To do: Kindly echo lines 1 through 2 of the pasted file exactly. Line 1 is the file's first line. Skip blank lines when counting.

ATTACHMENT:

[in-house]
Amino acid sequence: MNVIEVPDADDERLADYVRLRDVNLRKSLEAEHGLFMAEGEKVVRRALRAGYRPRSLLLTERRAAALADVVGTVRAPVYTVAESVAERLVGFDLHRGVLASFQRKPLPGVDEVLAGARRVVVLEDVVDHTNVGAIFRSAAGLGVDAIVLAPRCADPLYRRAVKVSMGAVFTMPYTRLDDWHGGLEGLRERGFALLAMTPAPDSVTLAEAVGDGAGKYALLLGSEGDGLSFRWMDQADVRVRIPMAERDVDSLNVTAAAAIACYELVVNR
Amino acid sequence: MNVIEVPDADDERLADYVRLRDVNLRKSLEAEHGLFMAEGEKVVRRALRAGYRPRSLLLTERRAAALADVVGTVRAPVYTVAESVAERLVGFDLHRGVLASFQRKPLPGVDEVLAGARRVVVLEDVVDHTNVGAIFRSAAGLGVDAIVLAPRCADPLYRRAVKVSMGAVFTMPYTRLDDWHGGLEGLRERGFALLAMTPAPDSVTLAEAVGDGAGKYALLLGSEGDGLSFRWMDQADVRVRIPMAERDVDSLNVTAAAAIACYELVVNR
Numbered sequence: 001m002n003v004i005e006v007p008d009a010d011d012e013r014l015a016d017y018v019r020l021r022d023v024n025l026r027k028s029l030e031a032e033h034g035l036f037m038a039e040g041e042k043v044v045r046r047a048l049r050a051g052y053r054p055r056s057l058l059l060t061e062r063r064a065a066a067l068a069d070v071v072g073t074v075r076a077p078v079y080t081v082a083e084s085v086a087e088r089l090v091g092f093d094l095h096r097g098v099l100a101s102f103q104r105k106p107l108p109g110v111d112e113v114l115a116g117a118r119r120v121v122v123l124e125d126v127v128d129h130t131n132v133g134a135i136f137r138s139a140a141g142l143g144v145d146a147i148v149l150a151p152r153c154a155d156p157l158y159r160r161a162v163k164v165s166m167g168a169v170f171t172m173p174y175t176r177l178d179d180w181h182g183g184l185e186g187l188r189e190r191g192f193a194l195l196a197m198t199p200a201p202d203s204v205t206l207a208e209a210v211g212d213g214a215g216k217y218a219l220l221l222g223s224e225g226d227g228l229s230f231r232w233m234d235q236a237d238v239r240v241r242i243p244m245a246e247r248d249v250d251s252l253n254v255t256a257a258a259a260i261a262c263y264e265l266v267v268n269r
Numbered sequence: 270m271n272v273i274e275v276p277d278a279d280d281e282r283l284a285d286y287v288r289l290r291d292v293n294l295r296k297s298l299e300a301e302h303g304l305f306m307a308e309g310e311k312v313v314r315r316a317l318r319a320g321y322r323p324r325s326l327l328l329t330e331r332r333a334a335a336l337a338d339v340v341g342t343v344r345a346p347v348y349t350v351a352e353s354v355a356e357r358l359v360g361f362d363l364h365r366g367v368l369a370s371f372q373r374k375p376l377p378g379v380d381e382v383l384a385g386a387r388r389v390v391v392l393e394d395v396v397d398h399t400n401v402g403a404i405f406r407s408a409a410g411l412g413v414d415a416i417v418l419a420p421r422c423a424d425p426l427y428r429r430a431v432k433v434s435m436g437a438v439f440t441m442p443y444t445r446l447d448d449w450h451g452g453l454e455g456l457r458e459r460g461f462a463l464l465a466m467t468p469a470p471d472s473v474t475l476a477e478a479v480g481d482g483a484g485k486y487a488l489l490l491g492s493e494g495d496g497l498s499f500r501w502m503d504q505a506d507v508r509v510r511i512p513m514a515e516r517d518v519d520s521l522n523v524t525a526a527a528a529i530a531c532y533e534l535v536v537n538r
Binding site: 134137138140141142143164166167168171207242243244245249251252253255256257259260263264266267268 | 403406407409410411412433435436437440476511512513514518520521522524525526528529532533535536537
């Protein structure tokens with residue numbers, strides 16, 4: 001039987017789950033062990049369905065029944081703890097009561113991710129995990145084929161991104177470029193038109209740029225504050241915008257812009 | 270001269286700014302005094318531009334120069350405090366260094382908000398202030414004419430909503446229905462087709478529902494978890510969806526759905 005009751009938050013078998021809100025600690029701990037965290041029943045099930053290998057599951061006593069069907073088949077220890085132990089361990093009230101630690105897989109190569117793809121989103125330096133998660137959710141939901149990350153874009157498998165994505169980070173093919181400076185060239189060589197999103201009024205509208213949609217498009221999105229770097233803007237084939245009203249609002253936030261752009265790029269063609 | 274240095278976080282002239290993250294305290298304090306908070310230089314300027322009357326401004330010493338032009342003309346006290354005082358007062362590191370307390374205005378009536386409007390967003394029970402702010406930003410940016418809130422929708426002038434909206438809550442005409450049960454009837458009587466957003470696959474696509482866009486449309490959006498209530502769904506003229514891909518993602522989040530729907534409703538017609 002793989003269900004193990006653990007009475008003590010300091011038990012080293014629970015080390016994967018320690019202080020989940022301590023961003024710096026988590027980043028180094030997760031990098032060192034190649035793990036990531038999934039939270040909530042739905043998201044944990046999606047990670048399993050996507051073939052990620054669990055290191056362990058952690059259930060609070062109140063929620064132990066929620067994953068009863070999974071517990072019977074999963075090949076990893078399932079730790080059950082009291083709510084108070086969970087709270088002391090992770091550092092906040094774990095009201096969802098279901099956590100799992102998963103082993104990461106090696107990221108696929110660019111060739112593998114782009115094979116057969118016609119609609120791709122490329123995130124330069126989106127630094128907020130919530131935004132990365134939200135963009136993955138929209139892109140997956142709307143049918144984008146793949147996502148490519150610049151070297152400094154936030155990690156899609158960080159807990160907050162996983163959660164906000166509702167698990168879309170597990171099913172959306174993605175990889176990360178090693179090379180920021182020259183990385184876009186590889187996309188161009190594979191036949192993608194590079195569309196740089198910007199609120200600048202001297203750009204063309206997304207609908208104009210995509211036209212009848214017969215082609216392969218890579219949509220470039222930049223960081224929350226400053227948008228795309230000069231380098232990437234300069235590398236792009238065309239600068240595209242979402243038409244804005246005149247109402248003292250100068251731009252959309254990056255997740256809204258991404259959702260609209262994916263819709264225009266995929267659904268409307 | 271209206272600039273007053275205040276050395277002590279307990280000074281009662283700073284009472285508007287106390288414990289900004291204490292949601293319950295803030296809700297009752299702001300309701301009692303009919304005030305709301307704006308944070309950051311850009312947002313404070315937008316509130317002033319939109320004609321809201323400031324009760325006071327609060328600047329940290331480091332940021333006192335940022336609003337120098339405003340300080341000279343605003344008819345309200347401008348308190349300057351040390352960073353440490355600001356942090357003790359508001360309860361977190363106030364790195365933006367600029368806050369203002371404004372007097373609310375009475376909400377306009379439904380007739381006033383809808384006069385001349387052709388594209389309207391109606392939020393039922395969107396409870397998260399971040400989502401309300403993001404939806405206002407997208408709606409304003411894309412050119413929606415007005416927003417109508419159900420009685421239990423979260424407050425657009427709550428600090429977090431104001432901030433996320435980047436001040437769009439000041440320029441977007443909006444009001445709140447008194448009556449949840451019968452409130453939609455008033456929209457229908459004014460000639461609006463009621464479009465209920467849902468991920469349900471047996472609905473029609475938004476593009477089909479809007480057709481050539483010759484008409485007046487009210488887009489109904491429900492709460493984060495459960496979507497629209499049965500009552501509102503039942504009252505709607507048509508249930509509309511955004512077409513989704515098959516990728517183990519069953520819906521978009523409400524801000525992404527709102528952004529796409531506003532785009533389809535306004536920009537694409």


[in-house]
Amino acid sequence: MNVIEVPDADDERLADYVRLRDVNLRKSLEAEHGLFMAEGEKVVRRALRAGYRPRSLLLTERRAAALADVVGTVRAPVYTVAESVAERLVGFDLHRGVLASFQRKPLPGVDEVLAGARRVVVLEDVVDHTNVGAIFRSAAGLGVDAIVLAPRCADPLYRRAVKVSMGAVFTMPYTRLDDWHGGLEGLRERGFALLAMTPAPDSVTLAEAVGDGAGKYALLLGSEGDGLSFRWMDQADVRVRIPMAERDVDSLNVTAAAAIACYELVVNR